Yesterday I watched a woman gently coax her adolescent son away from the edge of a meltdown. As they headed toward the exit of the store we were all in, he began waving his arms and grunting “No” in a loud voice. “It’s OK, David,” the woman said quietly, stroking his back. “Take a deep breath. It’s OK.”
I caught myself looking over at the two of them. I marveled at her ability to speak only in a tone of tenderness and compassion, not desperation or nervousness or embarrassment at causing a scene.
It’s in moments like this that I wish there was a secret hand gesture, a high-five or a thumbs up, that would let that other person know: “Hey, I’ve been there. I see you. You’re doing a great job. If you need a hand, let me know.”
If she had looked at me, she probably wouldn’t have seen any of that. She would have seen a stranger staring at her, straining to send off vibes of empathy that probably look a lot like pity. And maybe that would have flustered her and caused her pain. So instead, I ignored her, turning back to the rack of dresses as if they were the most interesting thing in the world.
I know so many times I have seen others look at me and my son, who isn’t on the autism spectrum but who has a number of quirky behaviors that seem to captivate the attention of strangers — when he has an accident that soaks through his pants, talks too loudly at movies (usually perseverating on a word or phrase for what feels like an eternity), or turns eating into a full body experience when we’re at a restaurant.
In those moments, I often wish to simply disappear. I just assume that people don’t understand, that they’re judging my son or my ability to parent.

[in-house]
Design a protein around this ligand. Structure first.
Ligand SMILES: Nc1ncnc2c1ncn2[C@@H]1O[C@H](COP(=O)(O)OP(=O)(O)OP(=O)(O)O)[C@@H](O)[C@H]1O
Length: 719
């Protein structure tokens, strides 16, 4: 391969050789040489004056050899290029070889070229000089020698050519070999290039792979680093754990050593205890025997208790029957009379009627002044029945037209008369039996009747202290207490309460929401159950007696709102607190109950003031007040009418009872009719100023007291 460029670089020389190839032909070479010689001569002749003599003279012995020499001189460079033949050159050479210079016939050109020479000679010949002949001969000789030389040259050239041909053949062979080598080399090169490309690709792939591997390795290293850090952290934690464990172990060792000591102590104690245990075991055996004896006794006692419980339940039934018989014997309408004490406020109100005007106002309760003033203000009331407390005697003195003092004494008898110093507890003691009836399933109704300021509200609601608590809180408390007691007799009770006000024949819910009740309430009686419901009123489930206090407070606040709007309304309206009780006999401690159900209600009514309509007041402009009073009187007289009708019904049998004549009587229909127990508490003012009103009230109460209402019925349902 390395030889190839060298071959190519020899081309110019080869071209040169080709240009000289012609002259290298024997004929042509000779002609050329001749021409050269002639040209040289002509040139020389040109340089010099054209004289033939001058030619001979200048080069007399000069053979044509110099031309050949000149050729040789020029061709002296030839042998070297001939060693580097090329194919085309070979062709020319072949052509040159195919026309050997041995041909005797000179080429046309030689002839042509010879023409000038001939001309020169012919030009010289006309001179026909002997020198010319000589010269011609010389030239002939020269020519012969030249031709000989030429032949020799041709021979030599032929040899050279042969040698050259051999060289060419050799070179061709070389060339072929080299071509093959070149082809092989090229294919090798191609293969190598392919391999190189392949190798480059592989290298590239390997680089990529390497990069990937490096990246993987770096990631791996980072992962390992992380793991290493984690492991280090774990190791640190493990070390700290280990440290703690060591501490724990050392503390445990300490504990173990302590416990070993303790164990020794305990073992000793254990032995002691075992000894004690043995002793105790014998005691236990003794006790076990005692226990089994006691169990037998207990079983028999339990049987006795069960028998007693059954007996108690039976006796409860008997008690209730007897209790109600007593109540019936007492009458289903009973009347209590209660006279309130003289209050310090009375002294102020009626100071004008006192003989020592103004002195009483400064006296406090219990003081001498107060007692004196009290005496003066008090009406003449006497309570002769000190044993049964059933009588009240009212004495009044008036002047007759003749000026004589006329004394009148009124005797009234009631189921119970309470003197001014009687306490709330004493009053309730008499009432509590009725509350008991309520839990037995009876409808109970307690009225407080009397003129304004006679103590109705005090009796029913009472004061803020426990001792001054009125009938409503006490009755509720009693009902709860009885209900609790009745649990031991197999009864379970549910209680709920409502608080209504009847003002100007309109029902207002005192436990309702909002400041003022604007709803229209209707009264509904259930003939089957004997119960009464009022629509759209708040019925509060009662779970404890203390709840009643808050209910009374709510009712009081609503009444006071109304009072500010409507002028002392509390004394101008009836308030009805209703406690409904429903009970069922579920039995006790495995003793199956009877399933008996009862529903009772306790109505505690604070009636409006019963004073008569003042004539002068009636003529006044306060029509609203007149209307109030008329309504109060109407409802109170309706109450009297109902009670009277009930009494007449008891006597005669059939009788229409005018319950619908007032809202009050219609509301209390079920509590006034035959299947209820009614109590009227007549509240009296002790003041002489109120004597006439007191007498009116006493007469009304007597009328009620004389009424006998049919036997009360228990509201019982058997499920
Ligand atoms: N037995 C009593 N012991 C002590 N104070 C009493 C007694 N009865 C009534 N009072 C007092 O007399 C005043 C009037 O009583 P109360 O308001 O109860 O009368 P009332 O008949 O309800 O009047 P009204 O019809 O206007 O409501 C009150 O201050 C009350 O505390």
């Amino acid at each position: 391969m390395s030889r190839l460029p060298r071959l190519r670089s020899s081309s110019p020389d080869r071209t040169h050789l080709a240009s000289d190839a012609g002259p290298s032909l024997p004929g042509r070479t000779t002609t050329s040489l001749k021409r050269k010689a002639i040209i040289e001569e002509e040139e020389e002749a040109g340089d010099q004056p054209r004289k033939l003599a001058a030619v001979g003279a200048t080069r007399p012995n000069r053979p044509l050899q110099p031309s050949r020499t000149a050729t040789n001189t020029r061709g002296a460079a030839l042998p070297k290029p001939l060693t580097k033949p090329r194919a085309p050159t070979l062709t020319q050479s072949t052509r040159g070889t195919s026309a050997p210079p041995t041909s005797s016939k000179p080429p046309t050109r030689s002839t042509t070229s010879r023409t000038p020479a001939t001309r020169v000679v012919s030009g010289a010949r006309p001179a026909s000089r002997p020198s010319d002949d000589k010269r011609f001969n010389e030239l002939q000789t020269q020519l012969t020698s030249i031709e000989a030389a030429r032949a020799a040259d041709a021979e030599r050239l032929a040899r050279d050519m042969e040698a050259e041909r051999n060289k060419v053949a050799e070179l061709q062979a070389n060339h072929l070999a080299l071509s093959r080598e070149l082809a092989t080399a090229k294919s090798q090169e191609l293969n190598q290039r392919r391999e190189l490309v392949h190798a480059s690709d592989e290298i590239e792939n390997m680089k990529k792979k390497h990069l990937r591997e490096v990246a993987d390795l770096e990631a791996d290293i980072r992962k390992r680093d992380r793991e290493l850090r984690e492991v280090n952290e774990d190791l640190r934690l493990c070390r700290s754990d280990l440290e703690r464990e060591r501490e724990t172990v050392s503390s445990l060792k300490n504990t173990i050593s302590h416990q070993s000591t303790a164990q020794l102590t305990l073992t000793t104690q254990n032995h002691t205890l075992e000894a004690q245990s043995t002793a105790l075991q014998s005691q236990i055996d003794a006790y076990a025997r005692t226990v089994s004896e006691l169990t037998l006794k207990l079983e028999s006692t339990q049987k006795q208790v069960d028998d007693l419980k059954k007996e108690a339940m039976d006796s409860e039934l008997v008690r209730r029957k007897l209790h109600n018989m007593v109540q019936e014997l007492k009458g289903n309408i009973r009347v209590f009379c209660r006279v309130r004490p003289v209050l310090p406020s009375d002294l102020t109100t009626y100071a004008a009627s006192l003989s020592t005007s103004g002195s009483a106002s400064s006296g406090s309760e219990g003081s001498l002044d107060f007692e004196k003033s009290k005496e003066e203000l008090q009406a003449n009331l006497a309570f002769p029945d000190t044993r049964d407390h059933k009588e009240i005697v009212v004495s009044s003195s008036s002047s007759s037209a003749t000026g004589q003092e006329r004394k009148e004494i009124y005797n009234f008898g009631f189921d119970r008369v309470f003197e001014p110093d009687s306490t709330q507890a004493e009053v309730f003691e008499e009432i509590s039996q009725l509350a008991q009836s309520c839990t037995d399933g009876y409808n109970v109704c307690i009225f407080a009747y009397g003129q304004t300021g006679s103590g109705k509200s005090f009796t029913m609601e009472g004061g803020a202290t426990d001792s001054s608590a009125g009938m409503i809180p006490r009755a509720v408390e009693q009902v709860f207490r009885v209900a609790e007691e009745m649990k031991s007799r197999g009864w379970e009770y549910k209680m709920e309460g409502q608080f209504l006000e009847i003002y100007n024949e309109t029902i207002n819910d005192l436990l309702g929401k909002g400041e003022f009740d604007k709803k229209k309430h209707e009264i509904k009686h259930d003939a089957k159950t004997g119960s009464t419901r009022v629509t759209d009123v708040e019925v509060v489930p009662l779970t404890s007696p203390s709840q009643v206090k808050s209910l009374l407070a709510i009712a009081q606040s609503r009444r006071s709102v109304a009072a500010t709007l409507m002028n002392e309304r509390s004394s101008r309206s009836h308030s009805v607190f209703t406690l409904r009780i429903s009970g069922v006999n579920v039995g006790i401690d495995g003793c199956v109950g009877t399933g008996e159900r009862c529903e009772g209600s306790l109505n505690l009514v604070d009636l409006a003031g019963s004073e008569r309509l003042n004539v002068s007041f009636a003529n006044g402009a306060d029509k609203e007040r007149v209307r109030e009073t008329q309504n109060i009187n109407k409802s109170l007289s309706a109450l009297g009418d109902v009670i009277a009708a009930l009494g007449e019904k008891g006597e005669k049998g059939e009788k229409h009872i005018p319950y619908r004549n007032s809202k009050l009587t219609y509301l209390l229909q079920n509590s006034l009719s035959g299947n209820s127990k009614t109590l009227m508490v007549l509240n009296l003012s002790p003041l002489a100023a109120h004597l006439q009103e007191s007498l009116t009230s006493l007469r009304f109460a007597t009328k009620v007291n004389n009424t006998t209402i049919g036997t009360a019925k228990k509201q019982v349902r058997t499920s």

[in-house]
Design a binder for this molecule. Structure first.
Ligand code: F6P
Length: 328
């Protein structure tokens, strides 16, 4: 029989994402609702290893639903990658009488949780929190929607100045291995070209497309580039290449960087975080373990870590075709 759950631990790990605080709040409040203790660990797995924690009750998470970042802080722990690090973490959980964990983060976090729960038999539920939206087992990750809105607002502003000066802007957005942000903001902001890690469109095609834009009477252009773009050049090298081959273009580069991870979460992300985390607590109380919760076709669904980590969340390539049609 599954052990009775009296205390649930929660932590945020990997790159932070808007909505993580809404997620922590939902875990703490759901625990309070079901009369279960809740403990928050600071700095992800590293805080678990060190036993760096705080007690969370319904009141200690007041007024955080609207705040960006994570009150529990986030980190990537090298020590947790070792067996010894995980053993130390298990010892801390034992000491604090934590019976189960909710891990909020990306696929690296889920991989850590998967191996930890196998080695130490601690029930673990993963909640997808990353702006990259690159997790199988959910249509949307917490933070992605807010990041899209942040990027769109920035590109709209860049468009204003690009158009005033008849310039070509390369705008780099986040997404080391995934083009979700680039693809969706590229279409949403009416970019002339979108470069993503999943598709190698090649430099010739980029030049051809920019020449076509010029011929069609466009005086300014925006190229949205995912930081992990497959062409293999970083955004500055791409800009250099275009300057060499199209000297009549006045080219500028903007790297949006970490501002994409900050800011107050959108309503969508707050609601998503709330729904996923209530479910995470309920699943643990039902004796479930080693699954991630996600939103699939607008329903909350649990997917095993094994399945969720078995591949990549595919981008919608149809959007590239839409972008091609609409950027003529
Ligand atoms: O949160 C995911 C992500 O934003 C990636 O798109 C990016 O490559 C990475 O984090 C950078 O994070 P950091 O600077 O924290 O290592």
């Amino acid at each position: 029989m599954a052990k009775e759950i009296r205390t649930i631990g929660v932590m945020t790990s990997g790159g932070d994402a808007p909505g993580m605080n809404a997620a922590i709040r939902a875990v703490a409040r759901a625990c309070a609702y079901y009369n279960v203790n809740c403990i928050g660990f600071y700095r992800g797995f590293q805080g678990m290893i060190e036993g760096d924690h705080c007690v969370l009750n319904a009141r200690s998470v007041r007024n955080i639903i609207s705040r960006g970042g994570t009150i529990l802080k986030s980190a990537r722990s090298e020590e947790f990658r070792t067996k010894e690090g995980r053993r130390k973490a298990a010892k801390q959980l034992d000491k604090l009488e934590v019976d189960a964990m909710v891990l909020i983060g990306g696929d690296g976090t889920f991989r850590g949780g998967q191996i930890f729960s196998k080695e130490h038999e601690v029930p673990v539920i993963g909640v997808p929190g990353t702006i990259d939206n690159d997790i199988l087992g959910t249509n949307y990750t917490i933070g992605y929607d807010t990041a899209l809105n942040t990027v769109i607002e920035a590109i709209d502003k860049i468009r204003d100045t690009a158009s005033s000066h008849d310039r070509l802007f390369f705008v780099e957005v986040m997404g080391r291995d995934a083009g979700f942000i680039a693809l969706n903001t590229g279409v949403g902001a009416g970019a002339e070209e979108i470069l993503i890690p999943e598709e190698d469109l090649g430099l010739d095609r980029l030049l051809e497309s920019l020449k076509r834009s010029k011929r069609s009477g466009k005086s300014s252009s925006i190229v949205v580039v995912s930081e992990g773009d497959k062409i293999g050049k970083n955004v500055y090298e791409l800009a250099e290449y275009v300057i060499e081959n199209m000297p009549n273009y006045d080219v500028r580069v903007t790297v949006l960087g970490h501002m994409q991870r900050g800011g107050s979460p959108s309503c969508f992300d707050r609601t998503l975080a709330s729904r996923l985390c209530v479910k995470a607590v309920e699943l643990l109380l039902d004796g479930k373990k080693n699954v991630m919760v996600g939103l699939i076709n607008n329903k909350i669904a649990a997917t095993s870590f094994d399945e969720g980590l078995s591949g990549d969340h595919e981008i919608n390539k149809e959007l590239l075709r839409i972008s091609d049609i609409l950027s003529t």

I have to give a special thanks to the recent post on Rhema’s Hope for not only writing, always full of grace, but for pointing out a short segment on the TV show What Would You Do? that shows the reactions that people have to a family with a child on the spectrum when they go out to eat. (Watch the segment here.)
The reactions of the fellow diners made me reflect that maybe I’ve been underestimating people and that there is no need for a secret sign. Can it be that I’m giving strangers too little credit? And what does my discomfort say about me? Is it possible that it has more to do with me than with them?
Maybe the glares I feel are, in fact, filled with empathy and support. Maybe there’s no need for a secret sign. I’m going to play around with that perspective for a while, and see how it feels. Much to think about.
I’m really curious to know what other folks do in these situations. How do you feel? Does it keep you from going out? Has the feeling changed? How do you show support for strangers, if at all? Do you have a “secret sign”?